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Immigration Minister Sean Fraser speaks during question period in the House of Commons on Parliament Hill in Ottawa, on Feb. 14.BLAIR GABLE/Reuters

Opposition parties say the Liberal government’s streamlined immigration program for Ukrainians creates a two-tiered, racialized system that prioritizes Ukrainian immigrants over refugees from other conflict zones, including Afghanistan.

Immigration Minister Sean Fraser appeared before the House of Commons immigration committee Thursday, where he faced questions about the differences between the government’s new special program and its dedicated refugee resettlement initiatives. During the meeting, Conservative committee member Brad Redekopp accused the government of prioritizing Ukrainian immigrants over Afghan refugees.

“Under your watch, it seems like you’ve set up a racialized system, a two-tiered system, where white Europeans come in faster than people from Afghanistan. How do you explain that?” Mr. Redekopp asked the minister.

Mr. Fraser rejected Mr. Redekopp’s claim, saying the situation in Ukraine demands a different response. He noted that Ukrainians can find their way to other Western countries for Canadian processing and biometrics screening more easily than Afghans.

“It has more to do with their ability to leave Ukraine, compared to … those who don’t have that ability to leave Afghanistan, than it does a decision by the federal government to be more kind to one group of people than another,” Mr. Fraser said.

He added that the government opted to offer streamlined immigration measures to Ukrainians, rather than a dedicated refugee program, because European counterparts and the Ukrainian Canadian community have indicated that most Ukrainians who come to Canada will want to eventually return home. This is not the case with people coming from Afghanistan, he said, hence the need for a refugee program.

“With respect to Afghanistan, I wish the circumstances were the same. I don’t have the same hope that it will be safe for the people that we are welcoming permanently as refugees to return home one day, despite their potential desire to do so, and that’s allowed us to create difference responses for the unique circumstances.”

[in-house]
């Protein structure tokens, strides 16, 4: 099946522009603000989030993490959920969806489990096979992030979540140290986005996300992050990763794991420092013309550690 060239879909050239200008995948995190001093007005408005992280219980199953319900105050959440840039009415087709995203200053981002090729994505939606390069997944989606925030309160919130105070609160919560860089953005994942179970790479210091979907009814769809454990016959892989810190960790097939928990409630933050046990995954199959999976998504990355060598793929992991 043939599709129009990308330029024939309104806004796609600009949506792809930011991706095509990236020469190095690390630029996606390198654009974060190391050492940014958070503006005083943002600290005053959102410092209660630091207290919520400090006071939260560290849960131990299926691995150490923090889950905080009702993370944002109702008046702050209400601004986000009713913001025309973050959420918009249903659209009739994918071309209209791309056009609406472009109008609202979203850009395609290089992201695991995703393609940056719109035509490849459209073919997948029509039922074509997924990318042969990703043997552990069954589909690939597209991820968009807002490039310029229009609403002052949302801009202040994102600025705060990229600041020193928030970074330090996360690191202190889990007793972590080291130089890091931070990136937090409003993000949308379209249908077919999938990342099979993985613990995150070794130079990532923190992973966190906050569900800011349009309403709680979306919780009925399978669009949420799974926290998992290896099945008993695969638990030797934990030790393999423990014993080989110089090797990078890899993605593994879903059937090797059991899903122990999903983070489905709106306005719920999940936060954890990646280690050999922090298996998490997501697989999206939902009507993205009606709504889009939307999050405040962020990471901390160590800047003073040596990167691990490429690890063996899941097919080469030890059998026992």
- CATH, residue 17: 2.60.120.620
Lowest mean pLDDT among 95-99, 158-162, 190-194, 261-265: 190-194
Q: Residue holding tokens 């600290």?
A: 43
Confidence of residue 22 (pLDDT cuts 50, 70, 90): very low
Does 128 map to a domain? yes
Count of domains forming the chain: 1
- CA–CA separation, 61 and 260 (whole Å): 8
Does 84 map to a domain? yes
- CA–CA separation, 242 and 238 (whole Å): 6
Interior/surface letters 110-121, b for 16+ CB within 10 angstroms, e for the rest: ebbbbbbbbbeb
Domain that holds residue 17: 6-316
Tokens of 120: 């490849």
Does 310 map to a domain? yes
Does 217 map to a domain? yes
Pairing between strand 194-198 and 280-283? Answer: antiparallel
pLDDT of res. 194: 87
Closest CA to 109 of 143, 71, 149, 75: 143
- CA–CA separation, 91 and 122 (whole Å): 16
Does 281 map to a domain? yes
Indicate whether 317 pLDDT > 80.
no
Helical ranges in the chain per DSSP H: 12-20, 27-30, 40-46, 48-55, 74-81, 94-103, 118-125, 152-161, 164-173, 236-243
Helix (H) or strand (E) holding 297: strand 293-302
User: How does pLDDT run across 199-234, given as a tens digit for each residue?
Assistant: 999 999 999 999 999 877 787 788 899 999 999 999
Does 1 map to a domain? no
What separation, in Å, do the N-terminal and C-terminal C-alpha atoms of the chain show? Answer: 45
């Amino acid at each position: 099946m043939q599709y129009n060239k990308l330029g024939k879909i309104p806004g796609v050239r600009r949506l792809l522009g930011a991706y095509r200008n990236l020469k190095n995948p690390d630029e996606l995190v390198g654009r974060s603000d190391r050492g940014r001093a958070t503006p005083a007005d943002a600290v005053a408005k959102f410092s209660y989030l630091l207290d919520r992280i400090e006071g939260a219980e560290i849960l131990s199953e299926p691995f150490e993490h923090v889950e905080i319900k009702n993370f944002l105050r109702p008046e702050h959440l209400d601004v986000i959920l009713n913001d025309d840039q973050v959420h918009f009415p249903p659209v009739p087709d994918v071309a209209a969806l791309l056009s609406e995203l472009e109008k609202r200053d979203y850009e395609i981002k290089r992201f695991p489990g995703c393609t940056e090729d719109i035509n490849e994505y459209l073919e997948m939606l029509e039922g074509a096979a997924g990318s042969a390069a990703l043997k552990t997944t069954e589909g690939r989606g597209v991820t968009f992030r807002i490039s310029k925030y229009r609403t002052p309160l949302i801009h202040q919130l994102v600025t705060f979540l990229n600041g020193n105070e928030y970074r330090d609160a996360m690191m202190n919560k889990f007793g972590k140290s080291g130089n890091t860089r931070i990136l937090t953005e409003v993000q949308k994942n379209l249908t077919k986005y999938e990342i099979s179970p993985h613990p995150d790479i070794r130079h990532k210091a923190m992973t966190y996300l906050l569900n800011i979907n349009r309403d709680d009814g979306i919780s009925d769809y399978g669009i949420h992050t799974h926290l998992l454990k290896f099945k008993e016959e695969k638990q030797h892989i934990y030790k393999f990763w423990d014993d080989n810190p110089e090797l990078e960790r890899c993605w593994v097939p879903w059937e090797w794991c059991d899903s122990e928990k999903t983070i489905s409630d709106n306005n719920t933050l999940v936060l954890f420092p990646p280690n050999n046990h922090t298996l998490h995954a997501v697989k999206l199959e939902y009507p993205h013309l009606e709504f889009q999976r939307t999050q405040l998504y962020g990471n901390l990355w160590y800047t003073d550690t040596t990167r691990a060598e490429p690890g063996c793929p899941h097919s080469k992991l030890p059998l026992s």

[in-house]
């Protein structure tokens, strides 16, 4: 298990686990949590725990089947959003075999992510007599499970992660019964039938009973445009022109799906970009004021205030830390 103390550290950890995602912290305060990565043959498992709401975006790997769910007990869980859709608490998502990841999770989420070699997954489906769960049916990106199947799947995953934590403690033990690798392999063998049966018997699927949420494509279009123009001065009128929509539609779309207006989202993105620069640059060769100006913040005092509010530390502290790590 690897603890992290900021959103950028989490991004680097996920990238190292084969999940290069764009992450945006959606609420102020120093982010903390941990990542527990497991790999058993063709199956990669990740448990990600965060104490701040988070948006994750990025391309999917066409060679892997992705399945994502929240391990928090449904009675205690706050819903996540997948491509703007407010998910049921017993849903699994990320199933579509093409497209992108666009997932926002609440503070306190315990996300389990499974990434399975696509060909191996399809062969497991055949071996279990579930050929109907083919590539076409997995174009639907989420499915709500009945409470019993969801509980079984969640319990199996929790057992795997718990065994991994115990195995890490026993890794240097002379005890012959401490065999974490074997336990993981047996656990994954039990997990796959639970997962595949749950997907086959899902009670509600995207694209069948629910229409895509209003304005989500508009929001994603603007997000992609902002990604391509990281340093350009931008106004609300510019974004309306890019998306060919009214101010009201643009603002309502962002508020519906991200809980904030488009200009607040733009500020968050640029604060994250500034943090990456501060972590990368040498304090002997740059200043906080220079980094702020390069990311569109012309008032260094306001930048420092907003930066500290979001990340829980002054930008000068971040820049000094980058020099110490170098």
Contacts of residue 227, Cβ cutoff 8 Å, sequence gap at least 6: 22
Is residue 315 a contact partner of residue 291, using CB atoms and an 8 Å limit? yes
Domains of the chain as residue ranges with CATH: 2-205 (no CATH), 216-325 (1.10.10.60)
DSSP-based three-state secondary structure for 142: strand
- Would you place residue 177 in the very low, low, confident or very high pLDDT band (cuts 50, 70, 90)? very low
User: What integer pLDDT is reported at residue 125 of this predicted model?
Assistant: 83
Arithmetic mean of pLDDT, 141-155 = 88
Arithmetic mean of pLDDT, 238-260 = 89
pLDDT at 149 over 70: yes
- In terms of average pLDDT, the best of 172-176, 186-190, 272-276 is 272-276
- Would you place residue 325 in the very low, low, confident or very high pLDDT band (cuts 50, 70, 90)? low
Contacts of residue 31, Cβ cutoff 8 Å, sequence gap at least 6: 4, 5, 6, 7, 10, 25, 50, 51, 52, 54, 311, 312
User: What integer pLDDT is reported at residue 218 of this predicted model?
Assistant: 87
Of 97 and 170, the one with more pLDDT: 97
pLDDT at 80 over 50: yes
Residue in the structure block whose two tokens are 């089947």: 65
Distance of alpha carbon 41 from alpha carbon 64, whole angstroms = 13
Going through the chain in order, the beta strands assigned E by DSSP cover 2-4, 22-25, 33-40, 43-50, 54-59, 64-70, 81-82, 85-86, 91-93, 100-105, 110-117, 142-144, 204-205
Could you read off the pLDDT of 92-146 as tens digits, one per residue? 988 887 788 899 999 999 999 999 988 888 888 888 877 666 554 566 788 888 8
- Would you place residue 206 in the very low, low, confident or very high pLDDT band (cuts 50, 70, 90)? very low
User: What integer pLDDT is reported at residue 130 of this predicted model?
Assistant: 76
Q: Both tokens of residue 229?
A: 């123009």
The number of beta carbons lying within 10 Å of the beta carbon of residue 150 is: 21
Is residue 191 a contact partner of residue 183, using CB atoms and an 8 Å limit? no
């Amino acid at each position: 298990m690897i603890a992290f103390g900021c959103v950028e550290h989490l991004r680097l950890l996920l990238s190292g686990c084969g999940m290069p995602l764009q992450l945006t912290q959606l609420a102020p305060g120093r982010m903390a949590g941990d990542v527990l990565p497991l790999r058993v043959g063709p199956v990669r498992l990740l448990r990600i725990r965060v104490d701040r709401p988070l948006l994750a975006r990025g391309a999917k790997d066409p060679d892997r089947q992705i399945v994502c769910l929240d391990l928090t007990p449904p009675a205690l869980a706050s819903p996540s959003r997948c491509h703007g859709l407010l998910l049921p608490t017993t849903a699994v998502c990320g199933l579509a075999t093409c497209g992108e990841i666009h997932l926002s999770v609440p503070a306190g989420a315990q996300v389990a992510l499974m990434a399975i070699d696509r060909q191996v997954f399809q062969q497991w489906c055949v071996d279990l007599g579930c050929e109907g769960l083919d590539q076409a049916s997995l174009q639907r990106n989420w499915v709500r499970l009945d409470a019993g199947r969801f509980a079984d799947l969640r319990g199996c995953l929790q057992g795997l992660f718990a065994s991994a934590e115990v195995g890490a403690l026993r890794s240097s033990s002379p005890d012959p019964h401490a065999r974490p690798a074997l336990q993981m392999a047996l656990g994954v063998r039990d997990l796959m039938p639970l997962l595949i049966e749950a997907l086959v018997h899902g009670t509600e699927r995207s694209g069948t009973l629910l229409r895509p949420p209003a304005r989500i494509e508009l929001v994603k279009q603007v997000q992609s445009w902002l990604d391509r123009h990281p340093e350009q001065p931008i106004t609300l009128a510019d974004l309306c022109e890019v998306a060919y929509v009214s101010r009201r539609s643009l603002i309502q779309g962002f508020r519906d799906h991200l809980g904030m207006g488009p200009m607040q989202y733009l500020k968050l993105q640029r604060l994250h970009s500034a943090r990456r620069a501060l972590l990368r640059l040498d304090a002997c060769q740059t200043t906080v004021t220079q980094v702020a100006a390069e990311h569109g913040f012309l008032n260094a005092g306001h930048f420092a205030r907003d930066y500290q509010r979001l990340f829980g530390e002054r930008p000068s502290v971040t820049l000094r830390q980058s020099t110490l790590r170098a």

Jenny Kwan, NDP immigration critic, also said the government has made it easier for Ukrainians compared with refugees from other countries. She noted what witnesses have told the committee regarding the discrepancy.

“They all said that they support the special measures for Ukraine, but what they’re concerned about is that it’s not being applied elsewhere. All the witnesses agree that government should extend those special immigration measures to other regions also experiencing conflict, such as Afghanistan, Yemen, Hong Kong, et cetera,” Ms. Kwan said during the committee meeting.

Mr. Fraser said he wants to see the impact of the special measures for Ukrainians first before considering any similar streamlined programs.

Last year, the government committed to resettling 40,000 refugees from Afghanistan, and so far more than 9,500 have arrived in Canada since August. Much like the Liberal government’s Syrian refugee resettlement program, Afghan refugees have access to federal services and the Resettlement Assistance Program.

More than 10,000 Ukrainians have arrived in Canada since Jan. 1. Most travelled to Canada under their own devices before the government announced the special immigration measures last week, Mr. Fraser said.

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The Canada-Ukraine Authorization for Emergency Travel eliminates most of the normal visa requirements and allows Ukrainians to stay in Canada for up to three years if they pass a background check and security screening. The measures are offered through the immigration stream; as a result, Ukrainians are not considered refugees and will not have access to the same support.

The Ukrainian Canadian Congress recently called on the federal government to implement departure and arrival plans to assist Ukrainians with travel to Canada, provide financial support for a transitional period and encourage provincial governments to recruit and sponsor displaced people. The UCC is also urging the government to provide funding for settlement agencies, which could help Ukrainians co-ordinate transport, housing and health care and assist with work permit applications.

The government is in the process of setting up a family reunification program that would allow relatives in Canada to sponsor family members from Ukraine to move here permanently. Details are expected in the coming weeks.

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